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Monday 6 February 2023 Dublin: 2°C
# Industrial Relations
Seven weeks: That's how long the minister says there is to avoid school closures
Minister for Education Richard Bruton says they’d need seven weeks to put a contingency in place. .

Updated 9.25 am

EDUCATION MINISTER Richard Bruton has said that schools would have to close if the ASTI decided to withdraw school supervision within seven weeks.

The minister was speaking following yesterday’s vote by secondary teachers in the ASTI in favour of industrial action, up to and including strike days.

Speaking on RTÉ’s Morning Ireland, Bruton said that while discussions had taken place on possible contingency plans, nothing has as yet been decided.

“The scale of the withdrawal if it was on that scale, and obviously it would depend on the cooperation members, but there is the potential that this could result in closures because of the scale of what would be involved,” he said.

Seven weeks would be the minimum we would need to put in place a contingency plan to keep schools open and that would obviously depend on the ASTI’ cooperation.

ASTI members are fighting for recently qualified teachers to be paid in line with their colleagues, as well as looking for better terms and conditions across the board for all members.

Bruton has said that he is willing to extend benefits of recent agreement with the TUI and INTO to ASTI members if they co-operate with the Lansdowne Road Agreement:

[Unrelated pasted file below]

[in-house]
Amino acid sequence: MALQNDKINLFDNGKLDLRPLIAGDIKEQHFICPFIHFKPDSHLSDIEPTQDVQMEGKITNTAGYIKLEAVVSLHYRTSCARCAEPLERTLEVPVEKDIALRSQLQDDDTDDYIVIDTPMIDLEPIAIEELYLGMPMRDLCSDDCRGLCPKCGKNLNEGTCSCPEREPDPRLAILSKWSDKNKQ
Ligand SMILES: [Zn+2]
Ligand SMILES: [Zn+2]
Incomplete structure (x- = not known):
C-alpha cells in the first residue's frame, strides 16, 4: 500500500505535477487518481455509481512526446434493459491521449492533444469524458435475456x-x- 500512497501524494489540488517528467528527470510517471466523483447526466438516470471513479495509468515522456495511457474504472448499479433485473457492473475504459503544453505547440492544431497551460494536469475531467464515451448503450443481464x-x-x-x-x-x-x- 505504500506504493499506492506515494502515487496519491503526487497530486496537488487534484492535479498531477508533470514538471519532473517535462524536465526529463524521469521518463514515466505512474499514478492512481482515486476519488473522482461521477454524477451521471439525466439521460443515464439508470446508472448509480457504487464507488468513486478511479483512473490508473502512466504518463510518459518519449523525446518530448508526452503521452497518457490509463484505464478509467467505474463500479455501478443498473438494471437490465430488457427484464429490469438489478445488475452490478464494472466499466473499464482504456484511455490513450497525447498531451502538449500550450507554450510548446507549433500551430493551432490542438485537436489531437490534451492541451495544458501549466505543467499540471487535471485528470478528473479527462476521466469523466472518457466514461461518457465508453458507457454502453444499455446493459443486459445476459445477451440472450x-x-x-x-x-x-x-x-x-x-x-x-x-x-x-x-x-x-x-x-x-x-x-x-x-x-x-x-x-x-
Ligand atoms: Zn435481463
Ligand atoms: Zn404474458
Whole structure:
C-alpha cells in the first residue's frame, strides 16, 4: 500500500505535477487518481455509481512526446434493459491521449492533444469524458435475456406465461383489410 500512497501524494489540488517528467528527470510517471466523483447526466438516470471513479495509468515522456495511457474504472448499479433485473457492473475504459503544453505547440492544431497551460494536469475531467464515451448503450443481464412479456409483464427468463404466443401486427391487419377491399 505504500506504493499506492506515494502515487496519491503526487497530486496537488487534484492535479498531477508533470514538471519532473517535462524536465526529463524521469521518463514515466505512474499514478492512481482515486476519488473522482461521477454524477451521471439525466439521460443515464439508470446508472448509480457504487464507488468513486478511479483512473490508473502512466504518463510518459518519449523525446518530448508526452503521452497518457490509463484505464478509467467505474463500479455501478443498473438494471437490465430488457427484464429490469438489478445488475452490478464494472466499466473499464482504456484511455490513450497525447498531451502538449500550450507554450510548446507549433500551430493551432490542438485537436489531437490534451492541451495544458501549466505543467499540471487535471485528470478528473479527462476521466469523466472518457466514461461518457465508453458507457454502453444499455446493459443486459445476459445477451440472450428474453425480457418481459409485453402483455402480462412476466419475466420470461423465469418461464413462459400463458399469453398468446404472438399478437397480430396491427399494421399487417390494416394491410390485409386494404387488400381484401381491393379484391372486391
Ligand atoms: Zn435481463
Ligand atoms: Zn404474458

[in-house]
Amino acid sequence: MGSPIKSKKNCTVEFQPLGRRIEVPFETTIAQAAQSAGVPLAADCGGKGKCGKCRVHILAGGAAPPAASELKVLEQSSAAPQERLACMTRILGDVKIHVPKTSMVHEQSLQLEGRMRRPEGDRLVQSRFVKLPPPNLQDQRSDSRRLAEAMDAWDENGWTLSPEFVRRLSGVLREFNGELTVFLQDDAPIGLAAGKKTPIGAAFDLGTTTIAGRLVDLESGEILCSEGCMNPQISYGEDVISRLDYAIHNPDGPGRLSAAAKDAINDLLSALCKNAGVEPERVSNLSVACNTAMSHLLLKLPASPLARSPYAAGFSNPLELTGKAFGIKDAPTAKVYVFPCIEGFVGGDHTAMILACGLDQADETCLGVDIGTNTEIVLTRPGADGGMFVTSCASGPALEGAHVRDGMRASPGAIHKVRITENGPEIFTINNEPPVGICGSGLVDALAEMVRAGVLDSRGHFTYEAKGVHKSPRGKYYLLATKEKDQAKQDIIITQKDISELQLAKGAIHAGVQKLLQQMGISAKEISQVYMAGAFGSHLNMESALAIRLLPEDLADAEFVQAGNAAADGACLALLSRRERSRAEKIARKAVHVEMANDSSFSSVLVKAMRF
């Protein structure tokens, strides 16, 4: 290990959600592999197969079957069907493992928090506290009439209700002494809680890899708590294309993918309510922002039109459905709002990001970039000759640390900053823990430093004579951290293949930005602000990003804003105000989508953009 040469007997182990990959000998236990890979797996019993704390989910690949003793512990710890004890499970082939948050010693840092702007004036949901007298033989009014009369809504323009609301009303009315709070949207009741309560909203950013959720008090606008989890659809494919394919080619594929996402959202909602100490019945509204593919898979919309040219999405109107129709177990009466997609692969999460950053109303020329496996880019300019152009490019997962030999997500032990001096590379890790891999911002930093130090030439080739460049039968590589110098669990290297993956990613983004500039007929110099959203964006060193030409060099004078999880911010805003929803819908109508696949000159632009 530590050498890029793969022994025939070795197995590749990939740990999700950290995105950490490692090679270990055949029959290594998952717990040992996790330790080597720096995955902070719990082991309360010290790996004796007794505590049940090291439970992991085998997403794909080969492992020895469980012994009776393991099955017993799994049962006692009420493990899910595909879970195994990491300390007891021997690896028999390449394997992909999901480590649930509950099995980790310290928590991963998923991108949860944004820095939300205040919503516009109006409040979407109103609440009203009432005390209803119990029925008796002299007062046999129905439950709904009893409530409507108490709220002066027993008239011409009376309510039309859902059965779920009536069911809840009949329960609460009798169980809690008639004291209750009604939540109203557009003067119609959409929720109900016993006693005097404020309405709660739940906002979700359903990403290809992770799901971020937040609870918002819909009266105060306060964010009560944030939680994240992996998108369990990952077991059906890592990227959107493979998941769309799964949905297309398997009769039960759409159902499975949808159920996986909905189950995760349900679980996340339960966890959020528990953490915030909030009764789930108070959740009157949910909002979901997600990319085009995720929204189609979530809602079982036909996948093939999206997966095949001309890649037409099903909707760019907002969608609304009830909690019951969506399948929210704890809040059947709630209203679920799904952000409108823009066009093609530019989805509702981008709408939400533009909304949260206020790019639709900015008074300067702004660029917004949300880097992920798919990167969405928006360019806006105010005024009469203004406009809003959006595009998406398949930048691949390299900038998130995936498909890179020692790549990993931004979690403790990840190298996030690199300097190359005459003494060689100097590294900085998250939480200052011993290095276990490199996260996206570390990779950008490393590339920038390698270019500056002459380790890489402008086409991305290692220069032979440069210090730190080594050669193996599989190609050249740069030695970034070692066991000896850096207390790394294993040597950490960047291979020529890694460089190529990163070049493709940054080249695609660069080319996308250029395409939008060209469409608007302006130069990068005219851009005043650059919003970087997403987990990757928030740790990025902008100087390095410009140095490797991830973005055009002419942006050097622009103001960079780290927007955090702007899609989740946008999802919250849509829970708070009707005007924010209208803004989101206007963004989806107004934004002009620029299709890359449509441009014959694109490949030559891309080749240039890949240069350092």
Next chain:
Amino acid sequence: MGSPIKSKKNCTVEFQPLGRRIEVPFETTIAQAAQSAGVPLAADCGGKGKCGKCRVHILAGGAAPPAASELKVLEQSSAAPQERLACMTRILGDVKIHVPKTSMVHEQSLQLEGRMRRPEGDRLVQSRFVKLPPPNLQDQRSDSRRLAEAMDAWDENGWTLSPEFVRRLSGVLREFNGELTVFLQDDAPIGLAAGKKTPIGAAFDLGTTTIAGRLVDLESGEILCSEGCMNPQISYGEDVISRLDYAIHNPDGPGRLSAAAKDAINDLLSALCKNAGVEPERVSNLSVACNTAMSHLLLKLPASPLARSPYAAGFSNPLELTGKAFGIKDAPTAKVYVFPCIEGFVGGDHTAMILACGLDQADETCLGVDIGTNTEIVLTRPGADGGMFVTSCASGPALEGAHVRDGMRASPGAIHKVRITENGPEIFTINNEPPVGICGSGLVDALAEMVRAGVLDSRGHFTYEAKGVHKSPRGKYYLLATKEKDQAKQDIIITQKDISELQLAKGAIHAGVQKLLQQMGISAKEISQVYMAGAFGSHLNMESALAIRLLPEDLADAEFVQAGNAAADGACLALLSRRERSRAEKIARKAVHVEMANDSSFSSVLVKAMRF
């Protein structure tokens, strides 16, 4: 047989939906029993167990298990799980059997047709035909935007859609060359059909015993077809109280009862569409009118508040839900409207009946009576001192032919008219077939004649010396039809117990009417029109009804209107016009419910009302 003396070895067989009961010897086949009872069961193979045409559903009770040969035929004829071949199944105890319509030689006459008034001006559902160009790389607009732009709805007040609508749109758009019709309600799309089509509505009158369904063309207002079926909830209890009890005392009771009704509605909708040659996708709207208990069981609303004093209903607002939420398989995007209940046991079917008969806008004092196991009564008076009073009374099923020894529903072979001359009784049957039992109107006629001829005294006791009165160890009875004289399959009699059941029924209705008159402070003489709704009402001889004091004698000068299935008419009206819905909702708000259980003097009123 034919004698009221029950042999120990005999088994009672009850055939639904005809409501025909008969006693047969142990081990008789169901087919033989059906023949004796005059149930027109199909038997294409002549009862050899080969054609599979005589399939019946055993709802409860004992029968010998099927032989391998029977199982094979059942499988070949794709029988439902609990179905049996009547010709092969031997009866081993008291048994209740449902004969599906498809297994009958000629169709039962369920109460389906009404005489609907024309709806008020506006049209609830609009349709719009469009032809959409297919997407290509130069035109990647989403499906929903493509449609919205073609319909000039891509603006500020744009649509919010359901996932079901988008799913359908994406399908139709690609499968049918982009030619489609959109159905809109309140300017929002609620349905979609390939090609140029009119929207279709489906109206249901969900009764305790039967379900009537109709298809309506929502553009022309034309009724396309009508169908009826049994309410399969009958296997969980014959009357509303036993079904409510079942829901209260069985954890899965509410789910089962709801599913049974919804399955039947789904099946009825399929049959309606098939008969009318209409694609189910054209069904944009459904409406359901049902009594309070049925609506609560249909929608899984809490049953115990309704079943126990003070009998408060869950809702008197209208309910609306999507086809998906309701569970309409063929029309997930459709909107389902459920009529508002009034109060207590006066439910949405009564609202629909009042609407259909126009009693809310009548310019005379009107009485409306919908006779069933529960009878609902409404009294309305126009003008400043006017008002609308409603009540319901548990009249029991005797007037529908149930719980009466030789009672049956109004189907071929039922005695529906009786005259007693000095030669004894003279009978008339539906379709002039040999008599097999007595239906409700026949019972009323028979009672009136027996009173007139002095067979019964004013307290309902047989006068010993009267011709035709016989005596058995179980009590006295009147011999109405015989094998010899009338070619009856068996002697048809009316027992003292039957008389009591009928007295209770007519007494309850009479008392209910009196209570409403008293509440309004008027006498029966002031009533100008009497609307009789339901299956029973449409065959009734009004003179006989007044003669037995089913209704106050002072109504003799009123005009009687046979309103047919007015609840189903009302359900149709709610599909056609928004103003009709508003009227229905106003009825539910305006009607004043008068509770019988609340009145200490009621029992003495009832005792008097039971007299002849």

Under arrangement we have cash on the table for substitution and for supervision of over €1,500, for newly qualified teachers we have cash on the table for of €2,000 in two installments world €135,000 over the career of a teacher.

The decision to ballot for strikes was also criticised by the general secretary of one of Ireland’s representative bodies for secondary schools.

Michael Moriarty of the Education & Training Boards Ireland (ETBI) said he was disappointed by ASTI members’ decision to vote for industrial action.

“Ultimately students in the affected schools will suffer. I’m not sure what strategy is at play other than a battle of wills,” he said of the ongoing dispute between ASTI teachers and the Department of Education over pay.

The majority of Ireland’s 278 ETBI schools (formerly VECs) will not be impacted by any strike action as the majority of teachers who work in them are TUI (Teachers’ Union of Ireland) members.

Of the 55 with dual union membership, it is not yet determined how many are at risk of closure.

However, up to 525 voluntary schools (mostly run by religious or private entities under the JMB banner) could face closures.

ASTI president Ed Byrne has defended the industrial action.

“Teachers do not embark on industrial action lightly and strike action is always a very last resort,” he said.

He added that new and recently qualified teachers are “not only faced with years of casual short-term contracts, but an inferior rate of pay for doing the exact same work as their colleagues”.

The move could see more than half of Ireland’s secondary schools close for at least a day as early as next month.

Moriarty noted that “benefits for new teachers have been achieved by other trade unions”.

ASTI members rejected the agreement in 2015 and withdrew from the Croke Park Hours. In response, the Department of Education withheld payment for supervision and substitution. Separately, the union’s members have also voted to withdraw from this now-unpaid work.

The ASTI’s 23-member Standing Committee are due to discuss the implications of the ballot results later today.

- With reporting by Rónán Duffy

Read: Secondary schools face closures as teachers vote for strike action

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